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In a Pentagon-approved photograph of a sketch by artist Janet Hamlin, Arlette Zinck testifies during military commissions trial of Omar Khadr on Oct. 28, 2010 in Guantanamo Bay, Cuba.. Ms. Zinck came up with a curriculum for Mr. Khadr while he was detained, at his request. (Janet Hamlin)
In a Pentagon-approved photograph of a sketch by artist Janet Hamlin, Arlette Zinck testifies during military commissions trial of Omar Khadr on Oct. 28, 2010 in Guantanamo Bay, Cuba.. Ms. Zinck came up with a curriculum for Mr. Khadr while he was detained, at his request. (Janet Hamlin)

Former jihadist Omar Khadr a model student, instructor says Add to ...

Curricula for convicted terrorists aren’t the stuff of everyday academia.

So when Omar Khadr’s U.S. legal team asked Arlette Zinck, an English professor at King’s University College in Edmonton, to design and deliver a lesson plan for the Guantanamo Bay detainee, she and her colleagues had their work cut out for them.

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Now, Mr. Khadr’s lawyers and advocates hope these two years of unorthodox education will boost the 26-year-old’s reintegration into Canadian society.

Detainee academics

Prof. Zinck didn’t go into this completely cold: She’d corresponded previously with Mr. Khadr, and had a book report he’d written voluntarily on Ishmael Beah’s A Long Way Gone: Memoirs of a Boy Soldier.

But she was trying to teach a mature student who was eager to learn yet had little formal education and a turbulent history. No easy task.

On the bright side, there were no provincial benchmarks or standardized tests to worry about. A group of academics conjured a curriculum based on a cross-country CanLit tour, assigning novels set first in British Columbia and then moving east. Assignments in math, history and geography were designed around themes from the novels.

Lessons in logistics

Turns out Amazon doesn’t deliver to Guantanamo Bay.

Prof. Zinck would order books online and have them shipped to Mr. Khadr’s lawyers’ offices in Washington. When the lawyers went to Guantanamo Bay, they brought everything with them for close inspection by officers at the naval base. There were “no objections” to the course work, Ms. Zinck said.

This was no deadline-driven endeavour: Between assignments gone missing and the volatile schedule of military commissions, “we’re just glad to have the work come back.”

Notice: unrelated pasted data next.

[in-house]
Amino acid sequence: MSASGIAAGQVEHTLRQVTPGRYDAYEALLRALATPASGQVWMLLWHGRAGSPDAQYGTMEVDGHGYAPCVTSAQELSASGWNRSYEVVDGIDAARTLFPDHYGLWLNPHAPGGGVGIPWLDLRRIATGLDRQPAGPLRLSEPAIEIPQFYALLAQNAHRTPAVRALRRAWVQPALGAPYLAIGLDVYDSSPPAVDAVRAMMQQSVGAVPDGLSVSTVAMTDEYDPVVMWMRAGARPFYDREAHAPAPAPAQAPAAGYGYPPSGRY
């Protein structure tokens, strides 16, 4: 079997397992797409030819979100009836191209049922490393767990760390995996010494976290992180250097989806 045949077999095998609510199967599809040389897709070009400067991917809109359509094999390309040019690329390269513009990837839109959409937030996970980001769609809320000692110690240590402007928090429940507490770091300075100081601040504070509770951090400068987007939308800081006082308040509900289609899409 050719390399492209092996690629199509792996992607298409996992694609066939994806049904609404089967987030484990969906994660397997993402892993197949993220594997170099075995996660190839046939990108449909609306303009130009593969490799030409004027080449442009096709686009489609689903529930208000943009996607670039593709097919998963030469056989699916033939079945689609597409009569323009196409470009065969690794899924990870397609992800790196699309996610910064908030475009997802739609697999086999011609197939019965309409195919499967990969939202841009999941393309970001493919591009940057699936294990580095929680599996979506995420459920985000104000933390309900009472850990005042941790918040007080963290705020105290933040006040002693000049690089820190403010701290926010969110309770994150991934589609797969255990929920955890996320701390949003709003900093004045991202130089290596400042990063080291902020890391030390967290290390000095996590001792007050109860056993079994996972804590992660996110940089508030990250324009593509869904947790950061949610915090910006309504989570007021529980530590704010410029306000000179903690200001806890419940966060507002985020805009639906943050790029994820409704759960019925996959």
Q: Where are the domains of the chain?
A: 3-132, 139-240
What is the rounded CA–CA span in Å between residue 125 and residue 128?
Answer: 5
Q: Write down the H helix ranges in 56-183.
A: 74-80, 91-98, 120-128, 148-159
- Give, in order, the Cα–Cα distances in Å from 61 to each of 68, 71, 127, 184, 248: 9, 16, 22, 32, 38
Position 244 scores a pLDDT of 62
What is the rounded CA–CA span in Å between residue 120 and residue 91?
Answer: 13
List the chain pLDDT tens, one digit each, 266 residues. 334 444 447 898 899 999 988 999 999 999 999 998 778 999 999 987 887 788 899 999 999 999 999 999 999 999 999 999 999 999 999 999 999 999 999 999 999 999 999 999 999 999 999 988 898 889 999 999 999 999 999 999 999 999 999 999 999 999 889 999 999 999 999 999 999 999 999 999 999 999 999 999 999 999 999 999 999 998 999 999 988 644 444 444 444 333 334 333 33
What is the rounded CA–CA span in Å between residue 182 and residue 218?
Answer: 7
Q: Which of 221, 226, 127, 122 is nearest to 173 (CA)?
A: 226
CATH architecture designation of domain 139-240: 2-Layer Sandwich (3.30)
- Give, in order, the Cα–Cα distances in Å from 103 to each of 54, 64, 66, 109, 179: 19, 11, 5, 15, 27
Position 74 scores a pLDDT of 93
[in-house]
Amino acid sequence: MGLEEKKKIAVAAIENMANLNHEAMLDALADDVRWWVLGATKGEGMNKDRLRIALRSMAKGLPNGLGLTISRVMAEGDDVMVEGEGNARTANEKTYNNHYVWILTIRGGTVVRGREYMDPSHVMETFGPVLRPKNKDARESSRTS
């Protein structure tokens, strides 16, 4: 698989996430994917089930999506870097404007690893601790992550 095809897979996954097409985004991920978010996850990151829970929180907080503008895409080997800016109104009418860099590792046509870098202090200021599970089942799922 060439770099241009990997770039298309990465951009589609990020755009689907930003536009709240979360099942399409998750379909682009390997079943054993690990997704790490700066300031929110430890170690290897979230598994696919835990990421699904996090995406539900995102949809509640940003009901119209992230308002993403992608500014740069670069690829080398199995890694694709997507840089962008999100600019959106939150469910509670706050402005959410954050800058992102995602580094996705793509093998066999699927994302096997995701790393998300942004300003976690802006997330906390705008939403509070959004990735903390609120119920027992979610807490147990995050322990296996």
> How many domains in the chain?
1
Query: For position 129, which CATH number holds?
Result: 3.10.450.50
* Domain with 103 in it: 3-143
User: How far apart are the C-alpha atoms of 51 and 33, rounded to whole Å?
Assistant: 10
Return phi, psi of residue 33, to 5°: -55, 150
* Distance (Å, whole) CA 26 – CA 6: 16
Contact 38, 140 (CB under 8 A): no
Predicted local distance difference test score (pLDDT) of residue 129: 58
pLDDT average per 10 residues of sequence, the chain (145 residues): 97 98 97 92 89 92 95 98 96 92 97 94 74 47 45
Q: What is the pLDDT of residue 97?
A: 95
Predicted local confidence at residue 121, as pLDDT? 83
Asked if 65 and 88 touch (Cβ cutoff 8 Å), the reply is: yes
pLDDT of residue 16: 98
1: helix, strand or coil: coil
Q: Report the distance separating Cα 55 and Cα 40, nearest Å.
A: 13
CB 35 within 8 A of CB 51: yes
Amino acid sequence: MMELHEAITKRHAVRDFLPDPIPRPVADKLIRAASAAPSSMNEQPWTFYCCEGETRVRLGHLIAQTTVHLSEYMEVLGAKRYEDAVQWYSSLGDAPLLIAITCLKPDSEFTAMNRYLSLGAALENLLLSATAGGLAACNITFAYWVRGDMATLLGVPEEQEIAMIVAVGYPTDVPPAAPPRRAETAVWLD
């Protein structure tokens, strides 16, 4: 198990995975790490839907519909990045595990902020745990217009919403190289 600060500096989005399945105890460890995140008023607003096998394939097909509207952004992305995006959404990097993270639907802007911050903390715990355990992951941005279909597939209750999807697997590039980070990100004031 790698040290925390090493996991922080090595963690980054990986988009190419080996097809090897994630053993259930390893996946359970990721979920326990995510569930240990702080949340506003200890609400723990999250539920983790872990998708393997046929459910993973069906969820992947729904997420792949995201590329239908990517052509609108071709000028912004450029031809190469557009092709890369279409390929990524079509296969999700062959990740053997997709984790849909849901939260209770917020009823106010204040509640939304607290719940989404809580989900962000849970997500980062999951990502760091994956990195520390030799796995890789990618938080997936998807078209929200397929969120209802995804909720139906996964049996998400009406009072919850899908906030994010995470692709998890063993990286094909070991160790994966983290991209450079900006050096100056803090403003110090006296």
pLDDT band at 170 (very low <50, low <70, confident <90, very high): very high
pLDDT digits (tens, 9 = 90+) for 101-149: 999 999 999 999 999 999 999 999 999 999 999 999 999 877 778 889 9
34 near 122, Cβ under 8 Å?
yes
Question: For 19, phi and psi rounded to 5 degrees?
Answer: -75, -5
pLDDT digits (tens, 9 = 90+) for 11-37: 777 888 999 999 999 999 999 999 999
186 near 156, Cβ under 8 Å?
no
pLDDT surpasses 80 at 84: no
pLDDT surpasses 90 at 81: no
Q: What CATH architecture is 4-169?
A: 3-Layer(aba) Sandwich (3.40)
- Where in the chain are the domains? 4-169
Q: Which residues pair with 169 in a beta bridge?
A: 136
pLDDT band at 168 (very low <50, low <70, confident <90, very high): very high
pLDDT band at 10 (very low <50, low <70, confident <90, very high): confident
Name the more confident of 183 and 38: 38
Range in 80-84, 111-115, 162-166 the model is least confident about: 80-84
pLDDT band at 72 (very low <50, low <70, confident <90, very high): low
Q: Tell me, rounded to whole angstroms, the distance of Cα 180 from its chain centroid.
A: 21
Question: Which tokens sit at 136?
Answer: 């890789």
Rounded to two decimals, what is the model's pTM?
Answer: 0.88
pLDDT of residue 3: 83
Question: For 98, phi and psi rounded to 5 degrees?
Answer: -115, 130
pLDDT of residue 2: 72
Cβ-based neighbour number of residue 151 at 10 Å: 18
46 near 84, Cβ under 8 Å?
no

Mr. Khadr’s schoolwork isn’t entirely solitary. Detention centre officers would monitor formal assignments, Prof. Zinck said. Guantanamo Bay, she added, is “a really tough place to cheat.”

To hear Prof. Zinck tell it, the former jihadist is a model student. “He listens well, he’s attentive and interested in other people. He’s certainly very polite. And he’s also his own man – he’s confident enough to respond” to discussion questions. And to make fun of his teacher’s notoriously poor spelling.

Mastering math

Prof. Zinck figures Mr. Khadr is at about a Grade 9 math level. He likes the subject, she says, but “he needs to fill in certain basic mechanics before he’d be able to do university-level math.”

Mathematicians involved in his coursework designed problems that dovetailed with the novels Mr. Khadr read: For Icefields, it was using triangulation to measure mountain height; for Crow Lake, using exponents to calculate biological populations.

A taste for The Hunger Games

Like millions of fellow readers, Mr. Khadr is a big fan of Suzanne Collins’s best-selling trilogy. Prof. Zinck said he identifies most of all with Primrose Everdeen, the protagonist’s younger sister, as the “moral centre” of the trilogy.

Now what?

One of the first things Mr. Khadr requested on his arrival at Millhaven Institution was a pen and paper – his lawyers say he’s impatient to get back to his studies. At Guantanamo Bay, he has also started studying for the General Education Development test that would give him high-school-level certification. While it’s nice to teach a keener, Ms. Zinck said, “no doubt over time, like any other normal student, he will learn to grumble about assignments.”

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